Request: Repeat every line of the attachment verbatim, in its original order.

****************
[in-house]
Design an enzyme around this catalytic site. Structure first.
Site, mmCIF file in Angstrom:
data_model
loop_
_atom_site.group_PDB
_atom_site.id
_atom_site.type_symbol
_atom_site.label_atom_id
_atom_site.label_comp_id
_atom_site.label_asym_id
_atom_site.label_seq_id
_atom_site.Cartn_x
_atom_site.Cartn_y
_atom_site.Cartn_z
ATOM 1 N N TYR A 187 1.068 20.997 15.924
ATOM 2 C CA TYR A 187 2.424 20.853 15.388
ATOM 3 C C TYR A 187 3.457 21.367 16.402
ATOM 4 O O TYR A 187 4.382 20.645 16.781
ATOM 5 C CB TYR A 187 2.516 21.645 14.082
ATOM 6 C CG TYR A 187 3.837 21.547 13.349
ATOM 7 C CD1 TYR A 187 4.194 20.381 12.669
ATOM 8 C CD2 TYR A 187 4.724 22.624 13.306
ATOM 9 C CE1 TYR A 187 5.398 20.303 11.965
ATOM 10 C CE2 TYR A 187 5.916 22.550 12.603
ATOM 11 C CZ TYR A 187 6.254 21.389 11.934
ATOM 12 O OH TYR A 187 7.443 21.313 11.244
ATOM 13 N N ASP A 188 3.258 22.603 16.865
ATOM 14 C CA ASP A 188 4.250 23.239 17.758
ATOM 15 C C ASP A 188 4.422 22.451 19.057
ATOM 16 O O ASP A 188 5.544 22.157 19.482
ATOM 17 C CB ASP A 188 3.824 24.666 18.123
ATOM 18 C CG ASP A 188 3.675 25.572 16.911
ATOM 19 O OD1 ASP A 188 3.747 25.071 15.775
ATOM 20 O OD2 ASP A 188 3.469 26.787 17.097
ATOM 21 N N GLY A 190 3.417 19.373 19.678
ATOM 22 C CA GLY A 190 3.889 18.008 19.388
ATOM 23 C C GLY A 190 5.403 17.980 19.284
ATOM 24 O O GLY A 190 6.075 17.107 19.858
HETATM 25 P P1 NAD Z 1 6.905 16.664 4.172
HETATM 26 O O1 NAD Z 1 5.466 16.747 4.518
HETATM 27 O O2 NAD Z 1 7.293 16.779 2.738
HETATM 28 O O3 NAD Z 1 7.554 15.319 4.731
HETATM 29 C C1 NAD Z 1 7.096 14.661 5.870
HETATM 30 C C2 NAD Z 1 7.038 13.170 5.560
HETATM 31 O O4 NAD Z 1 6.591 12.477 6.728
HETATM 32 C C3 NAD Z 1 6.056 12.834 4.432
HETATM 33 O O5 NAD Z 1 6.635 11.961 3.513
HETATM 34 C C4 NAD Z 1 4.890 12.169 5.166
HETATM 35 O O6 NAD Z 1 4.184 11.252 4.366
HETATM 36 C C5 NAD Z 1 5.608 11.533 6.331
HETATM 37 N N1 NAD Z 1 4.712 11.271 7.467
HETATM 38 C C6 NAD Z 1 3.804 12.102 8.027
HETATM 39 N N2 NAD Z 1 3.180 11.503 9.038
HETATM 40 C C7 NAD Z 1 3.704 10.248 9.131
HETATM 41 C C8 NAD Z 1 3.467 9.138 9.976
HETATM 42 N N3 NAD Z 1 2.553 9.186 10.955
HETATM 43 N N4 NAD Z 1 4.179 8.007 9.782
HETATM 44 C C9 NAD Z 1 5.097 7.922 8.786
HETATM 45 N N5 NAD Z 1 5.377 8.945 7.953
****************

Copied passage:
[in-house]
Design an enzyme around this catalytic site. Structure first.
Site, mmCIF file in Angstrom:
data_model
loop_
_atom_site.group_PDB
_atom_site.id
_atom_site.type_symbol
_atom_site.label_atom_id
_atom_site.label_comp_id
_atom_site.label_asym_id
_atom_site.label_seq_id
_atom_site.Cartn_x
_atom_site.Cartn_y
_atom_site.Cartn_z
ATOM 1 N N TYR A 187 1.068 20.997 15.924
ATOM 2 C CA TYR A 187 2.424 20.853 15.388
ATOM 3 C C TYR A 187 3.457 21.367 16.402
ATOM 4 O O TYR A 187 4.382 20.645 16.781
ATOM 5 C CB TYR A 187 2.516 21.645 14.082
ATOM 6 C CG TYR A 187 3.837 21.547 13.349
ATOM 7 C CD1 TYR A 187 4.194 20.381 12.669
ATOM 8 C CD2 TYR A 187 4.724 22.624 13.306
ATOM 9 C CE1 TYR A 187 5.398 20.303 11.965
ATOM 10 C CE2 TYR A 187 5.916 22.550 12.603
ATOM 11 C CZ TYR A 187 6.254 21.389 11.934
ATOM 12 O OH TYR A 187 7.443 21.313 11.244
ATOM 13 N N ASP A 188 3.258 22.603 16.865
ATOM 14 C CA ASP A 188 4.250 23.239 17.758
ATOM 15 C C ASP A 188 4.422 22.451 19.057
ATOM 16 O O ASP A 188 5.544 22.157 19.482
ATOM 17 C CB ASP A 188 3.824 24.666 18.123
ATOM 18 C CG ASP A 188 3.675 25.572 16.911
ATOM 19 O OD1 ASP A 188 3.747 25.071 15.775
ATOM 20 O OD2 ASP A 188 3.469 26.787 17.097
ATOM 21 N N GLY A 190 3.417 19.373 19.678
ATOM 22 C CA GLY A 190 3.889 18.008 19.388
ATOM 23 C C GLY A 190 5.403 17.980 19.284
ATOM 24 O O GLY A 190 6.075 17.107 19.858
HETATM 25 P P1 NAD Z 1 6.905 16.664 4.172
HETATM 26 O O1 NAD Z 1 5.466 16.747 4.518
HETATM 27 O O2 NAD Z 1 7.293 16.779 2.738
HETATM 28 O O3 NAD Z 1 7.554 15.319 4.731
HETATM 29 C C1 NAD Z 1 7.096 14.661 5.870
HETATM 30 C C2 NAD Z 1 7.038 13.170 5.560
HETATM 31 O O4 NAD Z 1 6.591 12.477 6.728
HETATM 32 C C3 NAD Z 1 6.056 12.834 4.432
HETATM 33 O O5 NAD Z 1 6.635 11.961 3.513
HETATM 34 C C4 NAD Z 1 4.890 12.169 5.166
HETATM 35 O O6 NAD Z 1 4.184 11.252 4.366
HETATM 36 C C5 NAD Z 1 5.608 11.533 6.331
HETATM 37 N N1 NAD Z 1 4.712 11.271 7.467
HETATM 38 C C6 NAD Z 1 3.804 12.102 8.027
HETATM 39 N N2 NAD Z 1 3.180 11.503 9.038
HETATM 40 C C7 NAD Z 1 3.704 10.248 9.131
HETATM 41 C C8 NAD Z 1 3.467 9.138 9.976
HETATM 42 N N3 NAD Z 1 2.553 9.186 10.955
HETATM 43 N N4 NAD Z 1 4.179 8.007 9.782
HETATM 44 C C9 NAD Z 1 5.097 7.922 8.786
HETATM 45 N N5 NAD Z 1 5.377 8.945 7.953